Forest Health Highlights report
Each year ODF and the USDA Forest Service fly aerial surveys across forested regions in Oregon to map tree damage and mortality attributed to insect, disease, abiotic, etc. stressors. We compile this info in an annual report – “Forest Health Highlights." View previous years on the USFS website.
About the Forest Health Program
The Forest Health Program helps maintain and improve the health of Oregon's private and state-owned forests.
Our forest health professionals conduct aerial and ground surveys to monitor forest insects and tree diseases. They provide technical advice and training in the use of integrated pest management principles to help professional foresters and landowners meet their management goals and objectives.
Stewardship foresters, urban foresters, forest entomologists and pathologists can help landowners identify forest pest problems and develop strategies to manage pests. Contact a stewardship forester or the Forest Health Program for more information.
Factsheets & information
Email the Forest Entomologist for more information.
Quick insect pest diagnosis (start here)
Shoot, twig, cone, etc. insects
Control and management
Email the Forest Pathologist for more information.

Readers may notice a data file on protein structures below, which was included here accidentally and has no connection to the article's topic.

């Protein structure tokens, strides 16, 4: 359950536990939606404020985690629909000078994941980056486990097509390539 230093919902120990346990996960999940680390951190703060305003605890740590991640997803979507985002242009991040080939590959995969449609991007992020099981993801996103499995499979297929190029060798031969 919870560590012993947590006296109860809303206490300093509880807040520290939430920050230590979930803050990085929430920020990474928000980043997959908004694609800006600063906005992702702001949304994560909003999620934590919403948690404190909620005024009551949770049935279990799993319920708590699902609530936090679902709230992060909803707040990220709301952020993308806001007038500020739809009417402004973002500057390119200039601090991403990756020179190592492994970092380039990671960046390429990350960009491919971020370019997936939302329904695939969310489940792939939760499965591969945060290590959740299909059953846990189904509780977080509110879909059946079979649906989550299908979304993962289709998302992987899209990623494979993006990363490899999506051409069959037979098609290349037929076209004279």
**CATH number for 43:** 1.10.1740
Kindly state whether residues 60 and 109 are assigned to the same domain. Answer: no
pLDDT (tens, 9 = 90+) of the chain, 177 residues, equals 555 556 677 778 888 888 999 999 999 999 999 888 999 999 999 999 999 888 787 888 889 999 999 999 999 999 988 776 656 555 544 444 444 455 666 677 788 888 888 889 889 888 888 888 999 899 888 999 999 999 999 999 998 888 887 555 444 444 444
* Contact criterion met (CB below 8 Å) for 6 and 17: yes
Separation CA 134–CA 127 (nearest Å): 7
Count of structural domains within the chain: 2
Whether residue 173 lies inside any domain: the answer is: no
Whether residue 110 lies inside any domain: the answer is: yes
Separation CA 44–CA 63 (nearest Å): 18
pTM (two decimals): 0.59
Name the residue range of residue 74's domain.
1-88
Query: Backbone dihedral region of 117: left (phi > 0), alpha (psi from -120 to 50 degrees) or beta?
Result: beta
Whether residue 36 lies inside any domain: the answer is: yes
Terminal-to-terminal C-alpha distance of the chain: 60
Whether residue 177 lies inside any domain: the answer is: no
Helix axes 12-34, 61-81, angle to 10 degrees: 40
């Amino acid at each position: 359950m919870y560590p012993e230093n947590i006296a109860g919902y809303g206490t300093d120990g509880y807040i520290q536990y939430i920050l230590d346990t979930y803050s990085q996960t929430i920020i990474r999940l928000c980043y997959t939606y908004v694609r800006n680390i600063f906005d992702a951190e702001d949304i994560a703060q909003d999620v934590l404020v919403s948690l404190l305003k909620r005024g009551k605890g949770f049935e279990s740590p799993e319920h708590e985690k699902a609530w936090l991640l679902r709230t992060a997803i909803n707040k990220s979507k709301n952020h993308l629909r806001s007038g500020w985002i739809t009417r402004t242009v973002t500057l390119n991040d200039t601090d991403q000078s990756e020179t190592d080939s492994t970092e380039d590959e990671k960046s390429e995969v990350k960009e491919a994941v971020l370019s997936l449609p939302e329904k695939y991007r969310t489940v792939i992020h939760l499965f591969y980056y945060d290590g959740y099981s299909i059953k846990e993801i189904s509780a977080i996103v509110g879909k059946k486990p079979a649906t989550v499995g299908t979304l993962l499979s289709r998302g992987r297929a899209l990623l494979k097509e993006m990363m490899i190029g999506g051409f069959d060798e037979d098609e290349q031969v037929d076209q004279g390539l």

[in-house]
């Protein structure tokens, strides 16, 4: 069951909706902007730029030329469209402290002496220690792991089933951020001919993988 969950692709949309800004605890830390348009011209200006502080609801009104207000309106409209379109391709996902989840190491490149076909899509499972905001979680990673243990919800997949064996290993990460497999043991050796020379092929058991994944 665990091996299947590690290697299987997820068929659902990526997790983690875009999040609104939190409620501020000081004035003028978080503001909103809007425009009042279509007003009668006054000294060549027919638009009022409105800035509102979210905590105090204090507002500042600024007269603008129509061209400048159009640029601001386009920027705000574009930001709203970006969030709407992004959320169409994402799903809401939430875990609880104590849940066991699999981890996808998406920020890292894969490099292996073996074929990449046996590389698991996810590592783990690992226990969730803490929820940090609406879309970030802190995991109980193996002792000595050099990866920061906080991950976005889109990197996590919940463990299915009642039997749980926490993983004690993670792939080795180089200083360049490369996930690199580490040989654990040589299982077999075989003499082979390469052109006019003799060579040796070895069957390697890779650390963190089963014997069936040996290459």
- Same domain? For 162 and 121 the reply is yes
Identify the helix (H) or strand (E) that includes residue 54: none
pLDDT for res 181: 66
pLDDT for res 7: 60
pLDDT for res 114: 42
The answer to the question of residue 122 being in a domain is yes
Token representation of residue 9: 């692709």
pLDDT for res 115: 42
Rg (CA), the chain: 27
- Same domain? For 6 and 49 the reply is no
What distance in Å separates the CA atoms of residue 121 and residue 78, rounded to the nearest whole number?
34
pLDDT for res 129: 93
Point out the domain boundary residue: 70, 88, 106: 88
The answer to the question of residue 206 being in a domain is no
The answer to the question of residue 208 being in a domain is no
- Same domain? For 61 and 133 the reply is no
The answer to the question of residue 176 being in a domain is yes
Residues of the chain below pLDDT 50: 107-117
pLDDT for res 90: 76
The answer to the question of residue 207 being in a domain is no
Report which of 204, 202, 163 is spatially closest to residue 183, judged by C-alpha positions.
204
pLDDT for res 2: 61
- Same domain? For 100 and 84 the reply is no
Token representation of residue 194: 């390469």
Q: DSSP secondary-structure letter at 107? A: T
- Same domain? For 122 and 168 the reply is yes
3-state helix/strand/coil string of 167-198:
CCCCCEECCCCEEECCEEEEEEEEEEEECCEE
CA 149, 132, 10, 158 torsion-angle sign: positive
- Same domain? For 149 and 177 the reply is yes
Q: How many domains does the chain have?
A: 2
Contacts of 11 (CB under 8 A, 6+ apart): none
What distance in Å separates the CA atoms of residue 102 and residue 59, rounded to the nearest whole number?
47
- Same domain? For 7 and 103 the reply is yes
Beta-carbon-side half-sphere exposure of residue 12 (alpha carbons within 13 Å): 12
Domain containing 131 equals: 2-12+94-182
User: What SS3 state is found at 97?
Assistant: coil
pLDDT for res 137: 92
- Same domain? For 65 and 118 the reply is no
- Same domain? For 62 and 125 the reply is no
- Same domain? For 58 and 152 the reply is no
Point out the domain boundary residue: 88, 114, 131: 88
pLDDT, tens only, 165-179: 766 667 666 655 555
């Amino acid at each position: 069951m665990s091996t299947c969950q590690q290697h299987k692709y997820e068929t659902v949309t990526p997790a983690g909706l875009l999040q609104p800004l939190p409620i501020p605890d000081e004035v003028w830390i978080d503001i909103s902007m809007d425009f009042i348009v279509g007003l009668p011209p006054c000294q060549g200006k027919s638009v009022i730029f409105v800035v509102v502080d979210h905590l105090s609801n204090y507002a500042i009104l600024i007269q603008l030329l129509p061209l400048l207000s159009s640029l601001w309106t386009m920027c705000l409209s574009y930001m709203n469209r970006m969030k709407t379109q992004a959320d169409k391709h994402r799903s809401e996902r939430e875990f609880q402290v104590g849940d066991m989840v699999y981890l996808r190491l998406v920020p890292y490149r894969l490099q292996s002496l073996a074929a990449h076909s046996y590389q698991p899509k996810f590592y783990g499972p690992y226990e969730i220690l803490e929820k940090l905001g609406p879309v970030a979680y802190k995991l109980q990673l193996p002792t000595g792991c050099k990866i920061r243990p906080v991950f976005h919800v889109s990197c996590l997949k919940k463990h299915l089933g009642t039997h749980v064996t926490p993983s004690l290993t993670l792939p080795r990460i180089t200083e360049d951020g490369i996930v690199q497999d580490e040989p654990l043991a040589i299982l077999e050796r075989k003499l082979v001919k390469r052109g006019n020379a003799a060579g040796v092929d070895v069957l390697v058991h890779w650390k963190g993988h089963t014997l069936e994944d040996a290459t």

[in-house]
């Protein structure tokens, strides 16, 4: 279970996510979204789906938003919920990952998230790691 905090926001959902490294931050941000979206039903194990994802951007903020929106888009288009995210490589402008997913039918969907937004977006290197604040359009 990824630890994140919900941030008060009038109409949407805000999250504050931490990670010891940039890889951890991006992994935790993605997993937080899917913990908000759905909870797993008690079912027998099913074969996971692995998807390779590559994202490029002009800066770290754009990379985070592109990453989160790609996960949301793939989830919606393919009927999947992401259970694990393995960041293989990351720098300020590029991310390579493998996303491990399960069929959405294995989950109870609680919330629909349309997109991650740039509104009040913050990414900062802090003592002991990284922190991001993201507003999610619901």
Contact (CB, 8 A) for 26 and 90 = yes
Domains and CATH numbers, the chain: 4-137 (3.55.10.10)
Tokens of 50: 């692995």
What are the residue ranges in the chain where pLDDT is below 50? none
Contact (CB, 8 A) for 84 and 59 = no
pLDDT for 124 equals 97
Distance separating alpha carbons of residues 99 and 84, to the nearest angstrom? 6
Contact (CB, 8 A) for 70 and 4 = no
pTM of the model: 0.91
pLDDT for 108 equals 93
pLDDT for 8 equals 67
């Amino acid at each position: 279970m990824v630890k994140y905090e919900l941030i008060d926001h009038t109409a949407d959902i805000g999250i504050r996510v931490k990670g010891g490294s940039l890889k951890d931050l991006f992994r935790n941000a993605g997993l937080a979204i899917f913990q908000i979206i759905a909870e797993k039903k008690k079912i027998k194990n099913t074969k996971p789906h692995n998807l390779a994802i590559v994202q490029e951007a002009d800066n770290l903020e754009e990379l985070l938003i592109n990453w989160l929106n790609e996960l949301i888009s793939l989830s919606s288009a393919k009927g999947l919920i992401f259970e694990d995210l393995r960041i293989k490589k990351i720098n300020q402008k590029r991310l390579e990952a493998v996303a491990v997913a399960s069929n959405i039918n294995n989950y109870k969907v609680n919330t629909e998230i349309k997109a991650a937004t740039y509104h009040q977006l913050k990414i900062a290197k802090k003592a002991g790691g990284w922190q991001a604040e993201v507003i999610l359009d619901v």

Sudden oak death (SOD)
Help stop the spread of sudden oak death! Learn about this disease, its hosts, symptoms, eradication efforts, and what you can do to help.
Email the Forest Health Unit for more information.
Maps & data
Saving Oregon Ash video
ODF’s Forest Health team is working with scientists from the USDA Forest Service on a first-of-its-kind effort to save as much of the gene pool of the Oregon ash tree before the arrival of emerald ash borer. The borer is an invasive insect pest that could nearly wipe out this tree as it has done to other ash species in the central and eastern U.S. Seed from throughout the Oregon range of our native ash species is being collected for long-term storage at two USDA Forest Service locations - Dorena Genetic Research Center in Cottage Grove and the National Seed Lab in Fort Collins, Colorado. Watch why this effort is so important to the future of Oregon wetlands and streamside woodlands.
Forest health fly over video